Unlike other areas of the body, hairs on the scalp to grow in tufts of 3–4. In androgenetic alopecia, the tufts progressively lose hairs. Eventually, when all the hairs in the tuft are gone, bald scalp appears between the hairs.

Hair miniaturisation

Image courtesy of R. Sinclair, FACD

Where is DHT found in the body?

DHT is found in several tissues in the body including the prostate gland and skin.

What is the role of 5-alpha-reductase in the body?

5-alpha reductase is an enzyme that regulates the production of DHT. An enzyme is a protein that acts as a catalyst to speed up a chemical reaction. 5-alpha reductase can be inhibited by specially synthesised drugs (see below).

What role does heredity/genetics play in the male pattern hair loss?

Male pattern hair loss occurs in men who are genetically predisposed to be more sensitive to the effects of DHT. Researchers now believe that the condition can be inherited from either side of the family.

How common is male pattern hair loss?

Male pattern hair loss affects nearly all men at some point in their lives. It affects different populations at different rates, probably because of genetics. Up to half of male Caucasians will experience some degree of hair loss by age 50, and possibly as many as 80% by the age of 70 years, while other population groups such as Japanese and Chinese men are far less affected.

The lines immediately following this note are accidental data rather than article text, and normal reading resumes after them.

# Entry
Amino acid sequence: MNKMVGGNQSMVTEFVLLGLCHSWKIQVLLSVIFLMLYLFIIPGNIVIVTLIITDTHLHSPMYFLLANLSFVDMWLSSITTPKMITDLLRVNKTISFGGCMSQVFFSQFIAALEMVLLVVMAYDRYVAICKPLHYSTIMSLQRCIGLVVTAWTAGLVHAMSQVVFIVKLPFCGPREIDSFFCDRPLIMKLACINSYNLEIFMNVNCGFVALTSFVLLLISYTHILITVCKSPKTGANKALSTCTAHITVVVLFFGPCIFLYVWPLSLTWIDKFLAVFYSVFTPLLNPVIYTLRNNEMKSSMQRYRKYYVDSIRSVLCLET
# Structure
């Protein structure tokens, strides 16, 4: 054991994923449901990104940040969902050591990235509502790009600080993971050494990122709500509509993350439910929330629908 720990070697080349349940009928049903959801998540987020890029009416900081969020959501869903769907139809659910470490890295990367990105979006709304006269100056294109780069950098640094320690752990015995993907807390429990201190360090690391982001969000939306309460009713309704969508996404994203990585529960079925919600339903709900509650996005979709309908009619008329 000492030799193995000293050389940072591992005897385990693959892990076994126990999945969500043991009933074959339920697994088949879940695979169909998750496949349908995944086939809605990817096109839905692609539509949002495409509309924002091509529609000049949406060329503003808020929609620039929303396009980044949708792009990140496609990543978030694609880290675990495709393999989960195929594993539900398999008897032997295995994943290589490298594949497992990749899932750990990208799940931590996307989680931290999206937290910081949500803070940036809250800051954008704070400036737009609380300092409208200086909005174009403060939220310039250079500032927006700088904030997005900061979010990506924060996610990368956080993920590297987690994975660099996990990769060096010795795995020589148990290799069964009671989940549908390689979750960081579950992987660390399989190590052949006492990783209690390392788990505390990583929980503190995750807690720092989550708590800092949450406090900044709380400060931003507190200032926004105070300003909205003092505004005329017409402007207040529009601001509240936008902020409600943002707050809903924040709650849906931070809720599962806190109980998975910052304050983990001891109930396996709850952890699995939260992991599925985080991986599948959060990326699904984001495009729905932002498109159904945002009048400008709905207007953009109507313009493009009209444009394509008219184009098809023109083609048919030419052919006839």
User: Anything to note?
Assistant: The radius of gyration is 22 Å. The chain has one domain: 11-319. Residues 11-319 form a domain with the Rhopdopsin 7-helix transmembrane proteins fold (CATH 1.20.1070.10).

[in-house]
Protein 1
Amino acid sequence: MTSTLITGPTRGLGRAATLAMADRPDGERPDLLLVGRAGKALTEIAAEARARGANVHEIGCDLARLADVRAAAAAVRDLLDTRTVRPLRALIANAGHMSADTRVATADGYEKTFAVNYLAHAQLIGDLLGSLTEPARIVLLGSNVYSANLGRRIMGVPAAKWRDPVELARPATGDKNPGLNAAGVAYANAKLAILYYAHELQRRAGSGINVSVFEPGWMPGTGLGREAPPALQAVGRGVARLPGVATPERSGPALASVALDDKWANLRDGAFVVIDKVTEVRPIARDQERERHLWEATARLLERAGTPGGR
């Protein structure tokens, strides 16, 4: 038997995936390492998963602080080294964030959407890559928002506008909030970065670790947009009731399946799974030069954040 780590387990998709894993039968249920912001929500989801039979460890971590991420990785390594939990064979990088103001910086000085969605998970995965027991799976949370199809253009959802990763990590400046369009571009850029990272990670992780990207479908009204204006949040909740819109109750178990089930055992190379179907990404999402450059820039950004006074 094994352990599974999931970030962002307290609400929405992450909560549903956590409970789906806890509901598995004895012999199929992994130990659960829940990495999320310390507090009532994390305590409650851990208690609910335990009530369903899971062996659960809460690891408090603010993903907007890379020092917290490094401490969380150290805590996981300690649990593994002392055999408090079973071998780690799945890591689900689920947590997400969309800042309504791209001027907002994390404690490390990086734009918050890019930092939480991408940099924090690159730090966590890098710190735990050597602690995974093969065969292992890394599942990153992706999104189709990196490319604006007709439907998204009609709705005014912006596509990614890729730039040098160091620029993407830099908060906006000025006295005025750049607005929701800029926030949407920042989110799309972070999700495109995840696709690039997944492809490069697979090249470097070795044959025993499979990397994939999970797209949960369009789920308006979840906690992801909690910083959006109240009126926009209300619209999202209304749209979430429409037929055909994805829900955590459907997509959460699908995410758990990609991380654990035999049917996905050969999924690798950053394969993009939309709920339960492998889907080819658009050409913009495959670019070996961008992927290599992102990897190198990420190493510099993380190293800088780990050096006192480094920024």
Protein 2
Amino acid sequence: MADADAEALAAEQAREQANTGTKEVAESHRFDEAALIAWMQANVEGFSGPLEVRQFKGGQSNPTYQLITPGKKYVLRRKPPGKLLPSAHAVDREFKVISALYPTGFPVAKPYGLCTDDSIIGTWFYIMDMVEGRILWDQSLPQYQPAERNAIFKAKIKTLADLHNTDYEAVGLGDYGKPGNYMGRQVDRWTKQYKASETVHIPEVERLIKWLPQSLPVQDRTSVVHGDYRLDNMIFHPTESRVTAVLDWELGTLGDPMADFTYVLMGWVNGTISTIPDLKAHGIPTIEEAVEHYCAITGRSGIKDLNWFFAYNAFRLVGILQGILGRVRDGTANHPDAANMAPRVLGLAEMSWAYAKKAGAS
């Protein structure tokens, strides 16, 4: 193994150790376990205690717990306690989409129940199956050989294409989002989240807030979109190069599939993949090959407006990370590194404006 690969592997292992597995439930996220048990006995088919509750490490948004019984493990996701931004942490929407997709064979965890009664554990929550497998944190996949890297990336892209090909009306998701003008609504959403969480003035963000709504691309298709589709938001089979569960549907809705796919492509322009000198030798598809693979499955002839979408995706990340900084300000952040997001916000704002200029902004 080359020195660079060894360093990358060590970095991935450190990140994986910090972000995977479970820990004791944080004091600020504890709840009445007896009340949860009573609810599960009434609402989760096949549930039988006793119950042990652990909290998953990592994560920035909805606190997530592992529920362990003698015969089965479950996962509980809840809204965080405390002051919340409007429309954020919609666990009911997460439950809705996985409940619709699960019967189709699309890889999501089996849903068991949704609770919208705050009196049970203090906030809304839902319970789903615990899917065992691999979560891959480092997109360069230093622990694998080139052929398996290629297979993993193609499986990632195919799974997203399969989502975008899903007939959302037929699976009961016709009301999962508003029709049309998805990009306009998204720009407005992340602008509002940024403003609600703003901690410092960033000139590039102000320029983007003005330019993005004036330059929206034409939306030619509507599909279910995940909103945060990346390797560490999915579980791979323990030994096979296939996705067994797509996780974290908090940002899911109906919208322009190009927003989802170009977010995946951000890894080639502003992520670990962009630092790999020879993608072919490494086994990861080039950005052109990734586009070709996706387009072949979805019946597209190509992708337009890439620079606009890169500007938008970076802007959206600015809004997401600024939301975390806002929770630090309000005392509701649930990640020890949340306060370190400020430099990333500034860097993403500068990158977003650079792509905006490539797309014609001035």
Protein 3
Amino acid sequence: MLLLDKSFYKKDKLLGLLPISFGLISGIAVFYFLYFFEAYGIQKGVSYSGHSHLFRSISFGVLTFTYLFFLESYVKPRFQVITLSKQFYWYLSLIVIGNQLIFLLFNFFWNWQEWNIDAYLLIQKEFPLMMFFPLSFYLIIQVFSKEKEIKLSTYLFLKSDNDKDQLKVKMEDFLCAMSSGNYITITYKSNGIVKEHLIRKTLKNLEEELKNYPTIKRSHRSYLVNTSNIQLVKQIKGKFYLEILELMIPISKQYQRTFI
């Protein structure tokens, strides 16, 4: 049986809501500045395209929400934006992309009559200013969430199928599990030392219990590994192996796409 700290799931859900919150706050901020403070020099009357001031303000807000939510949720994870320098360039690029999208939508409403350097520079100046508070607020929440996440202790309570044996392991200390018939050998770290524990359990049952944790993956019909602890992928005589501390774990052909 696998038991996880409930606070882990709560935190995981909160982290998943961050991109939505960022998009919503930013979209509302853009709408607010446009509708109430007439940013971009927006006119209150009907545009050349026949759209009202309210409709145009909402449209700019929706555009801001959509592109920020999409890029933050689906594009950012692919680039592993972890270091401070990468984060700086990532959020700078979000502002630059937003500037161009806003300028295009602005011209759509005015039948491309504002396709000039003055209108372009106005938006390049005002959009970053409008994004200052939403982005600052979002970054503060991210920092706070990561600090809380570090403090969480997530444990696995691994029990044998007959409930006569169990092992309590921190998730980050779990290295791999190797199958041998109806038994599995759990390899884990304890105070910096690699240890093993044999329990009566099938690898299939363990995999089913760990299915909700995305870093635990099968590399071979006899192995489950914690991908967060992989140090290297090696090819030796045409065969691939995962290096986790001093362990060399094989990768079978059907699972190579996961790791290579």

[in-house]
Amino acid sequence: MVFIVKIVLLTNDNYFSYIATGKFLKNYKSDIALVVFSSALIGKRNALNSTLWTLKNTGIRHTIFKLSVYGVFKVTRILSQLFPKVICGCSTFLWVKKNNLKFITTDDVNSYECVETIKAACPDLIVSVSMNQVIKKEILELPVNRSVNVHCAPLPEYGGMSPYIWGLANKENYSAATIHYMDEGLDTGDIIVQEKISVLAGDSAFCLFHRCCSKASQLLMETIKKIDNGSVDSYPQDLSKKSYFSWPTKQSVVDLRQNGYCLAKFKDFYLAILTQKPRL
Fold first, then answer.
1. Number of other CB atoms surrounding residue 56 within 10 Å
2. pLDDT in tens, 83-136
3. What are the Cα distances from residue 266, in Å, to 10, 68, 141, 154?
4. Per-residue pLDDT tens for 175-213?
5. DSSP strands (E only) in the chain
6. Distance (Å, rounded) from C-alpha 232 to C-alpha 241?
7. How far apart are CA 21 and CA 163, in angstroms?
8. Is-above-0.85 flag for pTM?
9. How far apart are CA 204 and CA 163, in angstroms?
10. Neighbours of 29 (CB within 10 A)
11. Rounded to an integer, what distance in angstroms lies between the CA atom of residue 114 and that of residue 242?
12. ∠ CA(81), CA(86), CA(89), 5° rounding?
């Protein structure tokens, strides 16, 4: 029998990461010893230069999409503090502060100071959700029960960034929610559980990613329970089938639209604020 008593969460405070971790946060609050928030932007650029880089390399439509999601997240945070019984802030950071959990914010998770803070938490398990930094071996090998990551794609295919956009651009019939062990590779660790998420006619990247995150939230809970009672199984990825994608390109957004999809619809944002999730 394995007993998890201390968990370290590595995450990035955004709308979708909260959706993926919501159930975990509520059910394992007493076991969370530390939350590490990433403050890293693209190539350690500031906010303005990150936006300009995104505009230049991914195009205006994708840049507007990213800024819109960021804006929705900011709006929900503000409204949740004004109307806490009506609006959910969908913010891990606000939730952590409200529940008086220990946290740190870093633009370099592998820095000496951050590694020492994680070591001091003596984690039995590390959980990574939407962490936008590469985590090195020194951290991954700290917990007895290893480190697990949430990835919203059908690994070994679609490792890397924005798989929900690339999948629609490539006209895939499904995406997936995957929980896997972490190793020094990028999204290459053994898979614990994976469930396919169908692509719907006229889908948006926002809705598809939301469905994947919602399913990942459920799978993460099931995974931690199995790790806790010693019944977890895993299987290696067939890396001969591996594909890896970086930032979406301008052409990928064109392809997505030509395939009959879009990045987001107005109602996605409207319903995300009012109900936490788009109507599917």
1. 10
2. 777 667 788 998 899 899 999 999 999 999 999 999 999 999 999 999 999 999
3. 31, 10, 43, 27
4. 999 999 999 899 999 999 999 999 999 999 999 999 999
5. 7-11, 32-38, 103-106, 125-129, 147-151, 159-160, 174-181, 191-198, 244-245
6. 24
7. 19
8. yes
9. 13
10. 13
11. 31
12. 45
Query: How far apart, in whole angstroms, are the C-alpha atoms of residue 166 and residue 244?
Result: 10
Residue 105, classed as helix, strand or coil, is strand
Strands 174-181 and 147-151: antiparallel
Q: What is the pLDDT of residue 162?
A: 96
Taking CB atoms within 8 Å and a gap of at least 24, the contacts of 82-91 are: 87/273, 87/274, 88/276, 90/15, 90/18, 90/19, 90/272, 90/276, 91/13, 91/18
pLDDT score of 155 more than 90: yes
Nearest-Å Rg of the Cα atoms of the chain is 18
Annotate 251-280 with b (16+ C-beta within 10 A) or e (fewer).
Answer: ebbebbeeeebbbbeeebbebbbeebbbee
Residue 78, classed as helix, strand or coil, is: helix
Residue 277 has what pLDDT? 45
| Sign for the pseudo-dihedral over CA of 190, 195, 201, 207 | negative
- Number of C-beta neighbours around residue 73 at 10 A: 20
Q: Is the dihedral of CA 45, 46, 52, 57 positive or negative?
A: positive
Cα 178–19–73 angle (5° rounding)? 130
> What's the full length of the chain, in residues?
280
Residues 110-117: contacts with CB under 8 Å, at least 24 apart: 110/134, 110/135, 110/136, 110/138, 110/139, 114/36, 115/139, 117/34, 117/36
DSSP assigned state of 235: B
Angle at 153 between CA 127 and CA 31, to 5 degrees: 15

The severity of hair loss can be classified in several ways. Norwood and Sinclair systems are shown below.

Classification of male pattern alopecia

* Image © 1998 Merck Sharpe and Dohme, with permission.
° Images courtesy of R. Sinclair, FACD

Isn't hair loss just a cosmetic issue?

Male pattern hair loss can have a negative psychological impact. Studies have shown that hair loss can be associated with low self-esteem, depression, introversion, and feelings of unattractiveness. This is reinforced by attitudes in Western society, which place great value on youthful appearance and attractiveness. Some studies have shown that based on appearance alone, men with hair loss are seen as less attractive, less assertive, less likeable, and less successful than men without hair loss.

What treatments are available for male pattern hair loss?

Current treatment options include:

There is some evidence that ketoconazole shampoo may also be of benefit, perhaps because it is effective in seborrhoeic dermatitis and dandruff. Low-dose oral minoxidil (off label) can increase hair growth on the scalp, but may also result in generalised hypertrichosis and other adverse effects [1]. 

Low-level laser therapy is of unproven benefit in pattern balding; one device has been approved by the FDA for marketing. Platelet-rich plasma injections are also under investigation. Further studies are required to determine the magnitude of the benefit if any.



  1. Jimenez-Cauhe J, Saceda-Corralo D, Rodrigues-Barata R, Hermosa-Gelbard A, Moreno-Arrones OM, Fernandez-Nieto D, Vaño-Galvan S. Effectiveness and safety of low-dose oral minoxidil in male androgenetic alopecia. J Am Acad Dermatol. 2019 May 2. pii: S0190-9622(19)30685-1. doi: 10.1016/j.jaad.2019.04.054. [Epub ahead of print] PubMed PMID: 31054970